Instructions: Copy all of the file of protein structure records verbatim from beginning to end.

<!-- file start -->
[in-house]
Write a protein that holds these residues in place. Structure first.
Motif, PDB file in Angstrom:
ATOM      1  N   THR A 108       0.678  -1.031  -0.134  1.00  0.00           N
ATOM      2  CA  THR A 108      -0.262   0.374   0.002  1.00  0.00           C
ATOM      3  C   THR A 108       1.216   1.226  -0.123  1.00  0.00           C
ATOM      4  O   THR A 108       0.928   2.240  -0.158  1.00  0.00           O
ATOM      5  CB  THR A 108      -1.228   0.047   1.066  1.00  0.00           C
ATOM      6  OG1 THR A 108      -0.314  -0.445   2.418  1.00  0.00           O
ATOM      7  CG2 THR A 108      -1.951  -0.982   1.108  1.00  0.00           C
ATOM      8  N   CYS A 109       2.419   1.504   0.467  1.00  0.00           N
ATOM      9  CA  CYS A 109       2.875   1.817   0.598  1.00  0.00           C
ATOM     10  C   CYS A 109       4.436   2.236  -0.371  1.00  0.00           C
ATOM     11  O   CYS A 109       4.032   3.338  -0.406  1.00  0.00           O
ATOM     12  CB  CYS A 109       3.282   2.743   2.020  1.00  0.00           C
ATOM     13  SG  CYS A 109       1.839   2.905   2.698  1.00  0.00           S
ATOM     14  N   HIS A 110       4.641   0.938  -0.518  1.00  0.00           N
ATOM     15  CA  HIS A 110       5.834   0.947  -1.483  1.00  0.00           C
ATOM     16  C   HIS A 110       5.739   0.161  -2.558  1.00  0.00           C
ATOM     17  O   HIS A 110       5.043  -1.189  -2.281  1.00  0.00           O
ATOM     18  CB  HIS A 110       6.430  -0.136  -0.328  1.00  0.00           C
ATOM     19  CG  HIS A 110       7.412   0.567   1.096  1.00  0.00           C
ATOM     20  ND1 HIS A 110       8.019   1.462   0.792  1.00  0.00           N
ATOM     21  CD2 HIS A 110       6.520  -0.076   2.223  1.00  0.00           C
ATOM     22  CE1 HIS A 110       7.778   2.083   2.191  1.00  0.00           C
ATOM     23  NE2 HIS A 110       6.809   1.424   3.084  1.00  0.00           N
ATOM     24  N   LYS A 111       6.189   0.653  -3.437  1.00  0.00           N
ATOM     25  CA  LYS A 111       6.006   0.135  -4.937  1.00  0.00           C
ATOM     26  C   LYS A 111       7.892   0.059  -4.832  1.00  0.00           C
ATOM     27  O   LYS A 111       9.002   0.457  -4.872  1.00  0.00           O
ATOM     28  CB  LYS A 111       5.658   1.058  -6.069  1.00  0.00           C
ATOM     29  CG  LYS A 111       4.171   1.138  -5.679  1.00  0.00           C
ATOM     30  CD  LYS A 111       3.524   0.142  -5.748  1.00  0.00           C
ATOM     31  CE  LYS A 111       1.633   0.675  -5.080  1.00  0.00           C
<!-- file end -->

[in-house]
Write a protein that holds these residues in place. Structure first.
Motif, PDB file in Angstrom:
ATOM      1  N   THR A 108       0.678  -1.031  -0.134  1.00  0.00           N
ATOM      2  CA  THR A 108      -0.262   0.374   0.002  1.00  0.00           C
ATOM      3  C   THR A 108       1.216   1.226  -0.123  1.00  0.00           C
ATOM      4  O   THR A 108       0.928   2.240  -0.158  1.00  0.00           O
ATOM      5  CB  THR A 108      -1.228   0.047   1.066  1.00  0.00           C
ATOM      6  OG1 THR A 108      -0.314  -0.445   2.418  1.00  0.00           O
ATOM      7  CG2 THR A 108      -1.951  -0.982   1.108  1.00  0.00           C
ATOM      8  N   CYS A 109       2.419   1.504   0.467  1.00  0.00           N
ATOM      9  CA  CYS A 109       2.875   1.817   0.598  1.00  0.00           C
ATOM     10  C   CYS A 109       4.436   2.236  -0.371  1.00  0.00           C
ATOM     11  O   CYS A 109       4.032   3.338  -0.406  1.00  0.00           O
ATOM     12  CB  CYS A 109       3.282   2.743   2.020  1.00  0.00           C
ATOM     13  SG  CYS A 109       1.839   2.905   2.698  1.00  0.00           S
ATOM     14  N   HIS A 110       4.641   0.938  -0.518  1.00  0.00           N
ATOM     15  CA  HIS A 110       5.834   0.947  -1.483  1.00  0.00           C
ATOM     16  C   HIS A 110       5.739   0.161  -2.558  1.00  0.00           C
ATOM     17  O   HIS A 110       5.043  -1.189  -2.281  1.00  0.00           O
ATOM     18  CB  HIS A 110       6.430  -0.136  -0.328  1.00  0.00           C
ATOM     19  CG  HIS A 110       7.412   0.567   1.096  1.00  0.00           C
ATOM     20  ND1 HIS A 110       8.019   1.462   0.792  1.00  0.00           N
ATOM     21  CD2 HIS A 110       6.520  -0.076   2.223  1.00  0.00           C
ATOM     22  CE1 HIS A 110       7.778   2.083   2.191  1.00  0.00           C
ATOM     23  NE2 HIS A 110       6.809   1.424   3.084  1.00  0.00           N
ATOM     24  N   LYS A 111       6.189   0.653  -3.437  1.00  0.00           N
ATOM     25  CA  LYS A 111       6.006   0.135  -4.937  1.00  0.00           C
ATOM     26  C   LYS A 111       7.892   0.059  -4.832  1.00  0.00           C
ATOM     27  O   LYS A 111       9.002   0.457  -4.872  1.00  0.00           O
ATOM     28  CB  LYS A 111       5.658   1.058  -6.069  1.00  0.00           C
ATOM     29  CG  LYS A 111       4.171   1.138  -5.679  1.00  0.00           C
ATOM     30  CD  LYS A 111       3.524   0.142  -5.748  1.00  0.00           C
ATOM     31  CE  LYS A 111       1.633   0.675  -5.080  1.00  0.00           C